Kuntala Falls – In Search of Shakuntala (The Queen in Exile)

After the monsoon, when the constant and uninformed pitter-pattern or thunderclaps has ceased – mud laden riverbed soared high with dash of green, vermillion, magenta, scarlet or growing yellows liberally brushed over the crust of Earth anew; I set forth to my new exploration.

Let’s go for the waterfalls…” although the best time to visit a waterfall is during the peak of monsoon. The rushing watercourses and slithering greasy rock beds undoubtedly increases the serotonin level of body. Nevertheless, after the monsoon (for a ‘working man like me with claustrophobic schedules’ managing a day-out is too difficult) I started scouring pages of many a website, travel journals, and traveller’s forum looking for a waterfall nearby.

The city of Hyderabad where I live, though, having plenty of ancient ruins and monuments to look around but, weekend travel hunts is a rarity. In fact, the recent Telangana Government too also seems un-interested to promote travel hubs where people can unwind. Anyhow, I got a weekend and determined to make a trip – this time.

Kuntala Fall…ah!’ a 3-hour drive from the city of Hyderabad (or) Secunderabad – the twin city. However, transportation is a big flaw unless one hires a private car or owns private vehicles. Nevertheless, one Saturday I booked a cab and set forth.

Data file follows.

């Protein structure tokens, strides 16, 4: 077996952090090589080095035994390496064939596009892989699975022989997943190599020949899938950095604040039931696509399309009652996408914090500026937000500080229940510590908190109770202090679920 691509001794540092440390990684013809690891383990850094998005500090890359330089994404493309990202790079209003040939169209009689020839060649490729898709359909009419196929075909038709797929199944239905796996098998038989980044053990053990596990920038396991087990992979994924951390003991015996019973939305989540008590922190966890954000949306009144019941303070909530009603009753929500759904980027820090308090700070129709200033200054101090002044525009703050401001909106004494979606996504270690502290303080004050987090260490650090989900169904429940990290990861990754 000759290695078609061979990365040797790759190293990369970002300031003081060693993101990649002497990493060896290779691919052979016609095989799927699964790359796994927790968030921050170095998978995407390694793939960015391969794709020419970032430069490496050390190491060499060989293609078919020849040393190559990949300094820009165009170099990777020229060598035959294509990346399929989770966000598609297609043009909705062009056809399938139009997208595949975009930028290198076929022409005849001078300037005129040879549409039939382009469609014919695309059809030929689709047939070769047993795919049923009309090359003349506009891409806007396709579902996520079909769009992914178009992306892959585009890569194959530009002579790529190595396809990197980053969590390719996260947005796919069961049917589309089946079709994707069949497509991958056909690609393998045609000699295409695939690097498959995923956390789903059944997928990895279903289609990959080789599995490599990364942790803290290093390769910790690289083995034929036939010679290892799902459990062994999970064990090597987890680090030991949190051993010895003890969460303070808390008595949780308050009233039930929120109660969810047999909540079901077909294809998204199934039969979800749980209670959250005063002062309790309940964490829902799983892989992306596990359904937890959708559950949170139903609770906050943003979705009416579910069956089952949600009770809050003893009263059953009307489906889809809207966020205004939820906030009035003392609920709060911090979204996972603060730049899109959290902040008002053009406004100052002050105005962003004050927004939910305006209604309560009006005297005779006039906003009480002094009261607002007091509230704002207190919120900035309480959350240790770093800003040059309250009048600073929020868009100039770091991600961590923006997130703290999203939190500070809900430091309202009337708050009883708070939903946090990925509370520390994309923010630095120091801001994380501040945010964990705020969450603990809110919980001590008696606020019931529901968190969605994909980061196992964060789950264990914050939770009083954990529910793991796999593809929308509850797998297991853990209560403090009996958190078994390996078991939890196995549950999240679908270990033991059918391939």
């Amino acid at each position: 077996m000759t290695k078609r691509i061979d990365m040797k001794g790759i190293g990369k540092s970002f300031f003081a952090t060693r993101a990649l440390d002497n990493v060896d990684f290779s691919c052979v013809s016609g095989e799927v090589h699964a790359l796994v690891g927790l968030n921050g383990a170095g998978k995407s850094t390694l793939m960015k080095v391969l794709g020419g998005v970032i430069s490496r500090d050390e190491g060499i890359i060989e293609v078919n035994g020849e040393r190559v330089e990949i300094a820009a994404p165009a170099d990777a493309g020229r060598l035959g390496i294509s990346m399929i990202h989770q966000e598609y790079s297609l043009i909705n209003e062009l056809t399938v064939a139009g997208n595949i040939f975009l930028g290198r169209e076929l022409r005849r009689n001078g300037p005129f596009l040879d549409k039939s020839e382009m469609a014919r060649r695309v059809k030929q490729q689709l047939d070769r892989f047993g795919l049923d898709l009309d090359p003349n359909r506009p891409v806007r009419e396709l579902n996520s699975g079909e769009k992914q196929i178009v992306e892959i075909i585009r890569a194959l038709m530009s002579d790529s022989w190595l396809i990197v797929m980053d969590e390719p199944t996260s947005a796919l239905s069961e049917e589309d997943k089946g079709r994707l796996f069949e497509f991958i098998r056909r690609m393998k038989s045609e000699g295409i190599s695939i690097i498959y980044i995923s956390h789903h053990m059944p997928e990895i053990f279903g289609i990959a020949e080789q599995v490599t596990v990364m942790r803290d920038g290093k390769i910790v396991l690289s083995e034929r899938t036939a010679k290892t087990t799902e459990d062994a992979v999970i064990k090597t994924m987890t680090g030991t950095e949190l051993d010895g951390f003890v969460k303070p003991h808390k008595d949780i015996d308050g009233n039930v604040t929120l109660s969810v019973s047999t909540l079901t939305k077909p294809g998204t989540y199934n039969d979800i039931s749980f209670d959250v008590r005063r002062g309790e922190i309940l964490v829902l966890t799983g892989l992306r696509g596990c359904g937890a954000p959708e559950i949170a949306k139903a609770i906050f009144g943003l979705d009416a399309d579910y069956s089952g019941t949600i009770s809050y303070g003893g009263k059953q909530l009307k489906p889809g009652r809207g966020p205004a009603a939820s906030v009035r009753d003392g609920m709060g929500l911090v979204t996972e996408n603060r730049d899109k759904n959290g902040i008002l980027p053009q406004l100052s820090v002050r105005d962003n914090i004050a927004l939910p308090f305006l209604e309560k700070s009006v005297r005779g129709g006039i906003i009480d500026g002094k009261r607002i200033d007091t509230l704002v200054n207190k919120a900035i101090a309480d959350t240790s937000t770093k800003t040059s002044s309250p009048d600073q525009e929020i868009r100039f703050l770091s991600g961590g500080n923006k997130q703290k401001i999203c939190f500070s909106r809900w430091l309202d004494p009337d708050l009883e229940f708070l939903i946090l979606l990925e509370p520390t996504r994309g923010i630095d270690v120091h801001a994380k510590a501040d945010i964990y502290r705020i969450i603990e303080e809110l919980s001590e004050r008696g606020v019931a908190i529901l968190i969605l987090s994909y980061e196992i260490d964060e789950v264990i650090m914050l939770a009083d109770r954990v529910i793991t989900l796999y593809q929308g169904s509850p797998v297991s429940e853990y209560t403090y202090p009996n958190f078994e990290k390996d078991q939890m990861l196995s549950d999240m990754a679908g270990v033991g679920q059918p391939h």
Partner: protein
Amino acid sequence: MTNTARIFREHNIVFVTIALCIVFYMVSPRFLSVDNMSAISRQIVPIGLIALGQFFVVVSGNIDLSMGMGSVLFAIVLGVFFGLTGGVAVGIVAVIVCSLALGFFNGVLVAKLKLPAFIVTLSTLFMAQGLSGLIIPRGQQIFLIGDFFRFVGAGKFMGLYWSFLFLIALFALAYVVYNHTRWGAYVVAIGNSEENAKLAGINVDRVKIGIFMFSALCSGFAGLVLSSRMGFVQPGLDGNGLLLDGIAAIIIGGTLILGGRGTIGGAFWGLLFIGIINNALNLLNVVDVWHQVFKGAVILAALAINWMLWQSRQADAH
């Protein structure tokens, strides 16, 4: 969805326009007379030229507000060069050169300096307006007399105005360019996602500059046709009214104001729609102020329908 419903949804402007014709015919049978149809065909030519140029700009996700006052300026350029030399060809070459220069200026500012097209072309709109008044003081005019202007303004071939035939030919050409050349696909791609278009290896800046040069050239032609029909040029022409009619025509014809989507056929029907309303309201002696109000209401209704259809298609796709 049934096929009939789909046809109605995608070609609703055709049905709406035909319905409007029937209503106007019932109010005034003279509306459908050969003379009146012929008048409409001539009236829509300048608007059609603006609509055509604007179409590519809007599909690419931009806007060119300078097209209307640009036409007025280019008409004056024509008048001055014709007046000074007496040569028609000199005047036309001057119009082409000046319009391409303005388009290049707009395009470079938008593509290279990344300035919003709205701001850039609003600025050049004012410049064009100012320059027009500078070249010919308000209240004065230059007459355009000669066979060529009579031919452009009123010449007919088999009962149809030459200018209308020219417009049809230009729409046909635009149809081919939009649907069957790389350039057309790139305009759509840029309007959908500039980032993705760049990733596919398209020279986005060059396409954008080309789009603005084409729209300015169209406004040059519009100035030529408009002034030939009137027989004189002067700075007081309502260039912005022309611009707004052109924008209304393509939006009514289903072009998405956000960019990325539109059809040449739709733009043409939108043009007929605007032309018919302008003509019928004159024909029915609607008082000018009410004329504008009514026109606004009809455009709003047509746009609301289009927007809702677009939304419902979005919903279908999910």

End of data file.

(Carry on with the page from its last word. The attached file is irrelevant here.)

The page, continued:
Morning 7:00 A.M

The small hatchback with two of us – the driver and me; drove speedily before the traffickers take to the road and the 45-minute journey scale up to hour-and-half; filling the surroundings with cranky horns and recklessness. Nearby to Bolaram, the car switched to NH7 leaving SH43 as we drove towards Medchal, a northern suburb of Hyderabad and the largest mandal in Rangareddy District. The place Medchal was once a preferred resort to the Nizams of Hyderabad due to its fig borne lakes/springs grown in the surroundings [Med (Fig) and Chellama (spring) in Telugu] is now a lost glory to rumbles of constructions and busy bazaar.

The highway from Medchal to Nirmal via Toopran, Chegunta, Bhiknoor, Yacharam, and Saonpet is a non-tiring journey with well-built 6/4 lanes girded by thick iron railings, fresh painted road signs, tarmac driveway. [Note: Road trips are not my kind of travel; I prefer travelling in a state-run transport or railways; but this road is worth a drive.]
Morning 9:45 A.M

We reached Nirmal; a 400-year old historical town that derived its name from Nimma Naidu, the 17th century ruler and a great patron of handicraft arts and paintings, is now a den to many illegal activities. We stop at a roadside local eatery for the typical South Indian breakfast before we resume our journey.